Women who use drugs need non-judgemental support that provides access to the same type of services that other vulnerable women need alongside drug-specific harm reduction services.

These services might include sexual and reproductive healthcare, including abortion care and HIV prevention services (e.g. condoms, lubricants and PrEP), sexual and gender-based violence services, livelihood support and feminine hygiene kits. Women who use drugs may also need housing and food support and safe places to wash and change sanitary products if they are homeless.


Harm reduction services may include ‘women-only’ clinics or outreach, free childcare during appointments, and opening times that fit around working hours. 


The best way to provide services for women who use drugs is to work with community representatives to find out what kind of support would be useful, and to train women who use (or used) drugs as peer educators to help deliver these services.

Opioid agonist therapy (OAT) involves taking opioid medication, such as methadone or buprenorphine. Methadone comes in a liquid form and buprenorphine tends to come in pill form. These medications act slowly, which means they prevent withdrawal and reduce cravings for opioid drugs like heroin. OAT medication works for around 24 hours, so people need to take it every day. 


Depending on the location you are in, people on OAT will either need to go to a doctor each day for OAT, or they may be able to get it from a pharmacist or another community location. In some places, once people have been on OAT for a while they may be given ‘take-home’ prescriptions that last for a month or more. Then they can manage their own doses and will only need to come back to the pharmacy or doctor for prescription refills.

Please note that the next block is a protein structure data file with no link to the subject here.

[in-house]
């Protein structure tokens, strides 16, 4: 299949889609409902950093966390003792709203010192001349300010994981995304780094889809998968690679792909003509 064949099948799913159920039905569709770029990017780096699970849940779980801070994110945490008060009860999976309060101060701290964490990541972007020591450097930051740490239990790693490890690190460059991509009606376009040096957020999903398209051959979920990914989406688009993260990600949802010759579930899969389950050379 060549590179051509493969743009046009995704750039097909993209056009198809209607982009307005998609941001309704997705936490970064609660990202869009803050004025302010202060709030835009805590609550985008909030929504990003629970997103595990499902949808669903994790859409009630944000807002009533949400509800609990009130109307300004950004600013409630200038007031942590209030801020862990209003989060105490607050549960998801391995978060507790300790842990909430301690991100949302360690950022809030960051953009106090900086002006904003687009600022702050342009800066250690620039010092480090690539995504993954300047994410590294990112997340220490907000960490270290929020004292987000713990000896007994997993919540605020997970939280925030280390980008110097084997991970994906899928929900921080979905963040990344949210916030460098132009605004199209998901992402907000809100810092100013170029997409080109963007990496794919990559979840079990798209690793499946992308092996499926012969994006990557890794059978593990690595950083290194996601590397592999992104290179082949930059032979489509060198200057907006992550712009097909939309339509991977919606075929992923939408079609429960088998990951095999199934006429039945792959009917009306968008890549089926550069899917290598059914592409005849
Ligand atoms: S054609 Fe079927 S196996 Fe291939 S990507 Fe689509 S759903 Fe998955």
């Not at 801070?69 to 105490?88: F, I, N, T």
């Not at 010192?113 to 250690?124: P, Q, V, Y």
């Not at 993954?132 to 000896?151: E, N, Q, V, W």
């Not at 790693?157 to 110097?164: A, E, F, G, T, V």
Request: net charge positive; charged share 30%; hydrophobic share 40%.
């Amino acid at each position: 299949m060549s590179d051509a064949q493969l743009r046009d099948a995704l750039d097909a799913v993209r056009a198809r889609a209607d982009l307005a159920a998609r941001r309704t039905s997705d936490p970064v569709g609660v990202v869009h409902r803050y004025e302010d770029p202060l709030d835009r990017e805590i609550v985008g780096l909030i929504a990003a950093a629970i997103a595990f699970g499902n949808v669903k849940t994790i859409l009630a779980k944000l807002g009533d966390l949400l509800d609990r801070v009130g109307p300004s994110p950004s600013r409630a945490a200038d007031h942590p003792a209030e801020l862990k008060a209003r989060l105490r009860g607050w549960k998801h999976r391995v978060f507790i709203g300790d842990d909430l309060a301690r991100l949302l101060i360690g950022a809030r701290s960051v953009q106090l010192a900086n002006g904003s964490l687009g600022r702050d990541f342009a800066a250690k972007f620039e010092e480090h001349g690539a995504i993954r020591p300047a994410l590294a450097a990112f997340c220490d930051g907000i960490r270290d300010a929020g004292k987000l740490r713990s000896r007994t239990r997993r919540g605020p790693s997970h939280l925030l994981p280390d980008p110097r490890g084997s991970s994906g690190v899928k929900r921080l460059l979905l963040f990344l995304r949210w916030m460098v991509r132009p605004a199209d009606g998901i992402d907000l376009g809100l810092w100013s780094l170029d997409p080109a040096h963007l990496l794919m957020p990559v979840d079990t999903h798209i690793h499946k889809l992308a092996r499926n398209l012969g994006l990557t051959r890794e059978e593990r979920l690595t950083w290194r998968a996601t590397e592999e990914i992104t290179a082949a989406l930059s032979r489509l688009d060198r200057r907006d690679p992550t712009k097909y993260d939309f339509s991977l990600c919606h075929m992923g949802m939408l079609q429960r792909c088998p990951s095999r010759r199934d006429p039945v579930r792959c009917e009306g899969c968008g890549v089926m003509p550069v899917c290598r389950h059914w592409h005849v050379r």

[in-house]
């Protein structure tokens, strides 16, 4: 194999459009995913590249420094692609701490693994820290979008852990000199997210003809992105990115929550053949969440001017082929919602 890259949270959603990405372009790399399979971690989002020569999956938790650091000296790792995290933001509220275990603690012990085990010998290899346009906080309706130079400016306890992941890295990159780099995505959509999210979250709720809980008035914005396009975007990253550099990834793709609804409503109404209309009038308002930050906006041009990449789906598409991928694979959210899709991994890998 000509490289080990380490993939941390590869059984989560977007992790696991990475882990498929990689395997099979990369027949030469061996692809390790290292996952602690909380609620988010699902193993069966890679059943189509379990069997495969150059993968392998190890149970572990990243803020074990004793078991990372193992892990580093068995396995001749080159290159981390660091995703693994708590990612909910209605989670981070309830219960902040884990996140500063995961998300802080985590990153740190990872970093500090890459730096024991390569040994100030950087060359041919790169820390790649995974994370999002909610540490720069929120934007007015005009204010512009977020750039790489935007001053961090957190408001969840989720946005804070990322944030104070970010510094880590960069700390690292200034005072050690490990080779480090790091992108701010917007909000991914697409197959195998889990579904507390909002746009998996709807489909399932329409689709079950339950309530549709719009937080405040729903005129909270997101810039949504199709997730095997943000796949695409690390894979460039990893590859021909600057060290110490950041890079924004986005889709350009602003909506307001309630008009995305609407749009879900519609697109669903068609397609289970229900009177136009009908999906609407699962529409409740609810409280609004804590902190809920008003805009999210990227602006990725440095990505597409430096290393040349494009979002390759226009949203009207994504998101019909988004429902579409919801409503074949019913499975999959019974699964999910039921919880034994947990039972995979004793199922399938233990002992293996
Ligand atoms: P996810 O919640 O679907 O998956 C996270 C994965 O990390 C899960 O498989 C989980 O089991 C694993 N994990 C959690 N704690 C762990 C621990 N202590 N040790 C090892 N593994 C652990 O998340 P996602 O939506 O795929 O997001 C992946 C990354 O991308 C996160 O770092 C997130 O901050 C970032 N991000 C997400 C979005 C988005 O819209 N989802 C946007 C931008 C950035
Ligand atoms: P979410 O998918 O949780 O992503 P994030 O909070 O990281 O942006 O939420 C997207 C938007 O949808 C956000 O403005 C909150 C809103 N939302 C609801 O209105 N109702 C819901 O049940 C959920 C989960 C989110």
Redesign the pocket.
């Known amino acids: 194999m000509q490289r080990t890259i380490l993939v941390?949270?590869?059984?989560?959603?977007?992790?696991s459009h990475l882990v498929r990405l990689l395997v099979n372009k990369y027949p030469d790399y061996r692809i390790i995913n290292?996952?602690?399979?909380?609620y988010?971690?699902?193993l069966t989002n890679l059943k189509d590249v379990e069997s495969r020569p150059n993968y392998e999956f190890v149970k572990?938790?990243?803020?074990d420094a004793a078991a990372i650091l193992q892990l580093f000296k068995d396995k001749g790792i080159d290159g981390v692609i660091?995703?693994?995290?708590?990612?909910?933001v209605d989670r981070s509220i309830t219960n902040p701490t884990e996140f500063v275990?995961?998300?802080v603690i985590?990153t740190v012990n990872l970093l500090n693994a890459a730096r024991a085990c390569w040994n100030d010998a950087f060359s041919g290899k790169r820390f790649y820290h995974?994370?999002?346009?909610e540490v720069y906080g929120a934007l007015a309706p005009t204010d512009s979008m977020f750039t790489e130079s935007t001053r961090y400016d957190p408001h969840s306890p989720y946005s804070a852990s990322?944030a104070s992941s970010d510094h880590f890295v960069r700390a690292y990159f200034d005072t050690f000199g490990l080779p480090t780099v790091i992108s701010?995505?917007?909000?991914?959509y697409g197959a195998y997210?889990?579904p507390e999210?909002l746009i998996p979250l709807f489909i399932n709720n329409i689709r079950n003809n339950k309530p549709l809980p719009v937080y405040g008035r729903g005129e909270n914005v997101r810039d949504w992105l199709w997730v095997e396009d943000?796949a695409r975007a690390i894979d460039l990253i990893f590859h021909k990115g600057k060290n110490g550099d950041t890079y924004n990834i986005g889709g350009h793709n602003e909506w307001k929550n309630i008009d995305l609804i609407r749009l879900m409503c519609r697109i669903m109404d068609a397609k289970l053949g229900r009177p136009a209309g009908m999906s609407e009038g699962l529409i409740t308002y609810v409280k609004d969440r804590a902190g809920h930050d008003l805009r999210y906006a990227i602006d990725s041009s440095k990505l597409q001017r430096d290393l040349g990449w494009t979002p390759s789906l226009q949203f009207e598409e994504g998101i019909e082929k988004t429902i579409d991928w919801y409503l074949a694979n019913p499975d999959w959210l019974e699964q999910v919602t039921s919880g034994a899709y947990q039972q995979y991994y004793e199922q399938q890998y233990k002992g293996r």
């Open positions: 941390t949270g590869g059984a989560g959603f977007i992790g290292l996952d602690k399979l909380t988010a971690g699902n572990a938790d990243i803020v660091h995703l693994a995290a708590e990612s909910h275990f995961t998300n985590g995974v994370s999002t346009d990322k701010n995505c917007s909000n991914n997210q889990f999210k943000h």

OAT does not make a person feel high. This means people who are stable on OAT are often able to work or study, which is good for them and wider society. 


How long people need to be on OAT depends on the individual, but it is normally at least one or two years. Some people stay on it for much longer. Stopping OAT too early can lead to relapse and increases the risk of overdose.

It depends where you are. Some countries that criminalise drug use and drug possession still have national harm reduction programmes. Others are more cautious, but they do provide smaller-scale programmes as pilots to gather evidence on their effectiveness. 


You can find out the situation in your country by checking a report from Harm Reduction International called The Global State of Harm Reduction


Even if harm reduction services are allowed, funding is likely to be an issue. Gathering evidence on how many people use drugs there are and the services they need to reduce HIV infections can help make the case for investment. 


Remember that providing HIV prevention, testing and treatment services to people who use drugs is a type of harm reduction. This is not illegal anywhere and is something you can do to reduce the risk of HIV for people who use drugs, even if things like needle and syringe programmes are not possible.